Fig. 2
figure 2

Infection of H. indica to P. gossypiella a Freshly inoculated larvae; b Brick red cadaver after 48 h of inoculation; c Yellowish brown larval cadaver after 72 h of inoculation; d Translucent larval cadaver with a visible mass of EPNs in larval hemocoel; e Translucent pupal cadaver harbouring H. indica within the body

Reproductive potential

The results of the reproductive assay revealed that both strains of H. indica were able to penetrate and reproduce within the hemocoel of fourth-instar larvae of P. gossypiella. A significant difference was observed in the reproductive potential of both strains across different dosages, CICR-HI-MN (ANOVA: F = 9.83; df = 10; P < 0.005) and CICR-HI-CL (F = 5.36; df = 10; P < 0.05). However, the reproductive potential of strain CICR-HI-MN was significantly higher than that of strain CICR-HI-CL when inoculated with lower dosages (10 and 20 IJs per larva) (Fig. 3). The next generation of IJs emerged nine days after inoculation and continued for fourteen days in strain CICR-HI-CL. However, in strain CICR-HI-MN, IJs emerged ten days after inoculation and continued for twelve days. A proportionate increase in the reproductive potential of both strains was observed up to the dose of 30 IJs per larva. However, a reduction in the emergence of IJs was observed for the higher inoculated dosages (40 and 50 IJs per larva). The dose of 30 IJs per larva was found to be optimal for the production of the highest number of next-generation IJs for both strains.

Fig. 3
figure 3

Reproductive potential of H. indica strains (CICR-HI-CL and CICR-HI-MN) on 4th instar larvae of P. gossypiella. Error bars indicate the standard error of mean (SEM). Different letters on the bars indicate statistically significant difference across dosages within the H.indica strain using WASP software in a completely randomized design at 0.05 level of significance

IJs fitness assay

The IJs of both strains of H. indica emerged successfully from larval cadavers and demonstrated the ability to infect and kill the fresh 4th instar larvae of the PBW. No mortality was observed in the control. The bioassay findings indicated a significant increase in percent mortality with an increase in dosages of IJs for both the strains. When IJs were inoculated into the larvae at higher doses, specifically 30, 40, and 50 IJs per larvae, the recorded mortality was 100% even after 48 h of inoculation for strain CICR-HI-CL. Additionally, the analysis of the IJs fitness assay data revealed that the strain CICR-HI-CL exhibited significantly higher virulence compared to strain CICR-HI-MN at both 48 h (F = 29.82, df = 11, 36, P < 0.001) and 72 h of inoculation (F = 54.97, df = 11, 36, P < 0.000 1).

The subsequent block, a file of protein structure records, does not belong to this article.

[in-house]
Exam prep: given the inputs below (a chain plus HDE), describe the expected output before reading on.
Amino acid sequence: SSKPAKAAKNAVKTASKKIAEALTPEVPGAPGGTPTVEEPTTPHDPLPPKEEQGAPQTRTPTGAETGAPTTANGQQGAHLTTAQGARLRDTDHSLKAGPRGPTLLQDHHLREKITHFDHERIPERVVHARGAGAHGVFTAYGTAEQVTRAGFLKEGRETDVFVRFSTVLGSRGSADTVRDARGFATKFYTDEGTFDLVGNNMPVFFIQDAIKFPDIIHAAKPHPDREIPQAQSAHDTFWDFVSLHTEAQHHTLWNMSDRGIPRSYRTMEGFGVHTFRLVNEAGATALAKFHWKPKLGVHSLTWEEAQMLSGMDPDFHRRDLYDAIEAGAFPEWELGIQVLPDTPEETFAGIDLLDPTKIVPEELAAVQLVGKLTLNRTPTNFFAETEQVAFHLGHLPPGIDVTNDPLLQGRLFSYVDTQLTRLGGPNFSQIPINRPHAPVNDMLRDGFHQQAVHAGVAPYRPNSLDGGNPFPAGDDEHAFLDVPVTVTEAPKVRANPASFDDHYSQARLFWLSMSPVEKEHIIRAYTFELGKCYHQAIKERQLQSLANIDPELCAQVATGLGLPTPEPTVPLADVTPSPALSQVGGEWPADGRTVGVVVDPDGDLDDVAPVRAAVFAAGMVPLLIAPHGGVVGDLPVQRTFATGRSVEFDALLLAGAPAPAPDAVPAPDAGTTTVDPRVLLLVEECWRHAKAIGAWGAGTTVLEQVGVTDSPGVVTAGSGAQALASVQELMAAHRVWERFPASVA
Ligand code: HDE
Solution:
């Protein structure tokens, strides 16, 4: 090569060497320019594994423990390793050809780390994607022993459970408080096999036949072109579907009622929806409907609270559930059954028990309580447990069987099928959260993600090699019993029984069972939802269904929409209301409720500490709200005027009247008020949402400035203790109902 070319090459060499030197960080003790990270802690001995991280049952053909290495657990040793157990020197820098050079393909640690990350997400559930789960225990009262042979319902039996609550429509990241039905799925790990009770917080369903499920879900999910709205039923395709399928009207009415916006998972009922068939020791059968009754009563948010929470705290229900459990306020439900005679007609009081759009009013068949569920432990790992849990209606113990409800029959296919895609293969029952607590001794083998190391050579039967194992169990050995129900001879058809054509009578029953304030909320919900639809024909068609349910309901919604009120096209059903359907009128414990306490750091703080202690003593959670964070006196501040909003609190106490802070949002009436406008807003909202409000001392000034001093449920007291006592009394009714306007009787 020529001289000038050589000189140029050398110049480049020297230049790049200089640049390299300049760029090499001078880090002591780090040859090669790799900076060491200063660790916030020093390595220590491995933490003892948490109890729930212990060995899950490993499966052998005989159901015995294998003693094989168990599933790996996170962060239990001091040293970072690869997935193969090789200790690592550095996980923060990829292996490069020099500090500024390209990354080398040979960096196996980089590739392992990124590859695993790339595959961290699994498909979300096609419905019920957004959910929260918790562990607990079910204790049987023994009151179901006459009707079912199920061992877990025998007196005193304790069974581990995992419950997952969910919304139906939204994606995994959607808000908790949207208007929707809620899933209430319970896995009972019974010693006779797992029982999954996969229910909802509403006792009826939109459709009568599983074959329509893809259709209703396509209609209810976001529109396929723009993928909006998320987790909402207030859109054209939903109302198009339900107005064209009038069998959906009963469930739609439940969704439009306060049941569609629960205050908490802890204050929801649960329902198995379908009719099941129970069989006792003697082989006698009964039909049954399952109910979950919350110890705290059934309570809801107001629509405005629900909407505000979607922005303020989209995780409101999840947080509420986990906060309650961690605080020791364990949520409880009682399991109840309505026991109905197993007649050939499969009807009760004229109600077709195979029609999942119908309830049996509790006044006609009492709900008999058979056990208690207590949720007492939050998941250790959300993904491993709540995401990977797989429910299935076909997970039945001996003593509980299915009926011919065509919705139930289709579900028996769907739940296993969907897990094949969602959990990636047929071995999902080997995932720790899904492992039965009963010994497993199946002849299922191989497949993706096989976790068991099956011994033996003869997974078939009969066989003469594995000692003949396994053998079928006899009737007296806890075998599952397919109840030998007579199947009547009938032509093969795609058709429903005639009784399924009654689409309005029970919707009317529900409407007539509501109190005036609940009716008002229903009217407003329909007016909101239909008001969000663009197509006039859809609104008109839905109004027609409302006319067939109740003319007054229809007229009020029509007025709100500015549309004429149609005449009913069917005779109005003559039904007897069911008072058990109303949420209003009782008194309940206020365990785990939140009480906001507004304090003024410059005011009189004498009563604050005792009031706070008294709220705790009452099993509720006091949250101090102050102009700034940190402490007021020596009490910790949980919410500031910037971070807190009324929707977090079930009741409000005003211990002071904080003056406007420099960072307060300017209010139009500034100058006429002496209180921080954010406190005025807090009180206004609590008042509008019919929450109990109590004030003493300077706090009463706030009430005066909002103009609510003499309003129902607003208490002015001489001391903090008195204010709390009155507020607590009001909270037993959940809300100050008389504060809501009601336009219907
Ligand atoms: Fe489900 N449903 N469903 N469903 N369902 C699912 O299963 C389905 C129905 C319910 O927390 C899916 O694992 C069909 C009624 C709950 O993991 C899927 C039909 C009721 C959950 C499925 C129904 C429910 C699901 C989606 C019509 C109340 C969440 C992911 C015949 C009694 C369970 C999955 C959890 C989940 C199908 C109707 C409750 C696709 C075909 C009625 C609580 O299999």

The effectiveness of using EPNs in integrated pest management has been well established worldwide (Kumar et al. 2022). The use of local EPN strains is crucial for achieving efficient pest control since they are better suited to the local environment (Nikdel and Niknam 2015). In vitro evaluation remains a significant step in identifying the most virulent strain of EPNs that can be further deployed for field application. Reports on the biocontrol potential of EPNs against PBW are meager. As of now, only two species of the genera Heterorhabditis have been found to be effective against PBW, namely H. indica (Shahina et al. 2014) and H. bacteriophora (Gouge et al. 1999; Shairra et al. 2016). The present study investigated the biocontrol potential of two native strains of H. indica against PBW. Our findings revealed that both strains varied significantly concerning their virulence against larval and pupal stages of PBW. Nevertheless, both strains were lethal to PBW, and the strain CICR-HI-CL, which recorded lower LD50 values, was found to be more effective than the strain CICR-HI-MN. The virulence of any EPN species is mostly related to numerous factors, including the host insects, multiplication, and penetration (Kaya & Gaugler 1993). Both strains of H. indica employed in the present study were isolated from a maize field rotated with cotton crops located at Nagpur, India (21°04′48.39″N 78°06′58.02″E).

The LD50 values obtained after treating EPN strains, namely CICR-HI-CL and CICR-HI-MN, against 3rd instar larvae of PBW at 48 h were 6.57 and 24.81 IJs per larva, respectively. However, in our previous study, the same strains demonstrated relatively higher LD50 values of 21.65 and 48.91 IJs per larva at 72 h after treating fall armyworm Spodoptera frugiperda (Shinde et al. 2022). The substantially lower LD50 values in PBW could be attributed to the high virulence and preference of these EPN strains against PBW compared with S. frugiperda. The differences in biological attributes of larvae, such as size, weight, cuticular composition, and hemocoel, could be probable reasons for the rapid mortality of PBW compared to S. frugiperda.

The success of EPNs depends on the target life stage of the insect pest. EPNs generally prefer to feed and multiply on the larval stages of insect pests because of their sluggish movement, the presence of more natural openings like spiracles, and the provision of hemocoel as a medium for bacterial multiplication. Several studies have shown that the larval stages of lepidopteran pests are susceptible to infection by different EPNs (Salari et al. 2021; Aryal et al. 2022). Our results on the virulence of H. indica to larval stages of PBW are consistent with earlier studies conducted against other lepidopteran pests (Kumar et al. 2022; Shinde et al. 2022; Patil et al. 2022). The high virulence of strain CICR-HI-CL against 3rd instar larvae of PBW reported in the present study is in agreement with that of earlier researchers reported against S. frugiperda (Shinde et al. 2022).